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Council opts to deny ConAm rezoning application

Cites lack of proof that land isn't suitable for commercial development

In a 2-1 decision Tuesday night, the City Council voted to deny a proposed zoning change at an 11-acre property on the corner of Blankenship Road and Tannler Drive.

The property, owned by ConAm Properties, LLC, was originally approved as commercial land zoned for “office-business center” use. The proposed zoning change and comprehensive plan amendment would have instead allowed for “medium-high density, single and multiple family residential” construction.

The Planning Commission approved ConAm’s proposal back on Oct. 29, and city staff also recommended approval during a Jan. 12 public hearing.

Ultimately, however, both Mayor John Kovash and City Councilor Jenni Tan voted to deny the zoning change, while the lone voice in favor of the application belonged to Council President Thomas Frank.

“The applicant cites lack of demand for office space as being cause for this not being suitable zoning, but I don’t think ‘lack of demand’ is the same as ‘not suitable,’” Kovash said. “There’s a difference.”

Tan, for her part, said that her decision was based in large part on a lack of existing commercial land across the city.

“I’m looking towards the future, and I understand the applicant states that the site may not be able to be developed commercially immediately,” Tan said. “But I would recommend to preserve the opportunity for future commercial development.”

In response, Frank pointed out that the land had been zoned for commercial use since the 1980s and had yet to be used effectively.

“We currently have 145,000 developable square feet of office space, and within that, we’re just under 30 percent vacant,” Frank said. “To add another 300,000 square feet, roughly — it would sit vacant and would continue to sit vacant for a long time, and that just does not make sense.”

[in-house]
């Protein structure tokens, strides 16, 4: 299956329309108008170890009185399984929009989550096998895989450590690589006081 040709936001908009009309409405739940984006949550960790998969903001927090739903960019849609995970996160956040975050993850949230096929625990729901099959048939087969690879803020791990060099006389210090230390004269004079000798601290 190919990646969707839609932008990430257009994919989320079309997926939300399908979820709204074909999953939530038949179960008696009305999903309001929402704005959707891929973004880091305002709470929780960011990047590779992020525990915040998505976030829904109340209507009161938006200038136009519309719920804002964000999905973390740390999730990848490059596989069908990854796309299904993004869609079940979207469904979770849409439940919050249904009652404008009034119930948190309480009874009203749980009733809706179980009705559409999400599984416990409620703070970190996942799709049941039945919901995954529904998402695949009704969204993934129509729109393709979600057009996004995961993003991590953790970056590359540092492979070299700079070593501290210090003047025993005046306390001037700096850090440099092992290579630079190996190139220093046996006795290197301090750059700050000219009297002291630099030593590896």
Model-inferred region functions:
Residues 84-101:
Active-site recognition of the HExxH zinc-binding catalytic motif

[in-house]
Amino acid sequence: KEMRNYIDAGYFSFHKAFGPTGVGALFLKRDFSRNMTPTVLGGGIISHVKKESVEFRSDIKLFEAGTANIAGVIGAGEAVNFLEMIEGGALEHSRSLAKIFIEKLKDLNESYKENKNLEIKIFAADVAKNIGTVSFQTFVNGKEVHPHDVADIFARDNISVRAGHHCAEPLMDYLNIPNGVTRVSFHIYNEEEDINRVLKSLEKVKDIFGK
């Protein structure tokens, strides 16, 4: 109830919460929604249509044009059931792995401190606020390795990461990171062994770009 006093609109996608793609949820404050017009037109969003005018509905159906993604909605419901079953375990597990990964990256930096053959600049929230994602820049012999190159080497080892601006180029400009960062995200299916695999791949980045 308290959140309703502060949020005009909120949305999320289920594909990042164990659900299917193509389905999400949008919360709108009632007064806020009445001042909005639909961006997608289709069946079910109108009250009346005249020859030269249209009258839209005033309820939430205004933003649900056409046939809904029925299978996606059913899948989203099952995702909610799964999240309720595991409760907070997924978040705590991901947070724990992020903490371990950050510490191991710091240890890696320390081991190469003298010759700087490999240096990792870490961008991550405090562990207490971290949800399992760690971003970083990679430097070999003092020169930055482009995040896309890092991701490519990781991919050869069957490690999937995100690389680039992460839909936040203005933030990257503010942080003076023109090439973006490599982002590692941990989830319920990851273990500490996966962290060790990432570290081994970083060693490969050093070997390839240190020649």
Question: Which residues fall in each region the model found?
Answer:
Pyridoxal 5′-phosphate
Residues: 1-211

Frank also cited traffic issues in the area, and believed that it had been “effectively demonstrated” that traffic would reduce if the area were re-zoned as residential space.

Kovash disagreed.

“General studies show that business attracts less traffic than housing,” he said. “Whatever we do, we’ll have more traffic if that site is built on.”

With regard to concerns about vacant office space, Kovash acknowledged that "there is, I think, less demand for office space."

"But," he said, "I think that does not mean it is zoned incorrectly."

After the vote, ConAm Development Manager Rob Morgan said he was unsure how the firm would move forward with the property.

"Obviously we're frustrated and disappointed it didn’t go our way," Morgan said. "We're still assessing things at this point."

Kovash, Tan and Frank were the sole decision makers on this particular application after Councilors Brenda Perry and Russ Axelrod opted to recuse themselves at the Jan. 12 hearing.

In a Jan. 8 letter addressed to the West Linn City Council, attorney Michael Robinson, on behalf of ConAm, asked that both Perry an Axelrod abstain or be disqualified from Monday’s hearing based on past biases against the application.

By rule, Perry was precluded from voting on the application, as anyone who was once “party” to a matter may not vote on it as a City Councilor. She became a “party” to the planning commission hearing when she signed her name on testimony against the application.

Robinson’s challenge against Axelrod was based on a Sept. 30 email sent from Axelrod — who was then Vice Chairman of the planning commission — to his fellow planning commission members, stating that he had “strong opposition” to the application. He chose to recuse himself after City Attorney Tim Ramis noted that taxpayer dollars would have to be used in any legal challenge of bias that could occur down the line.


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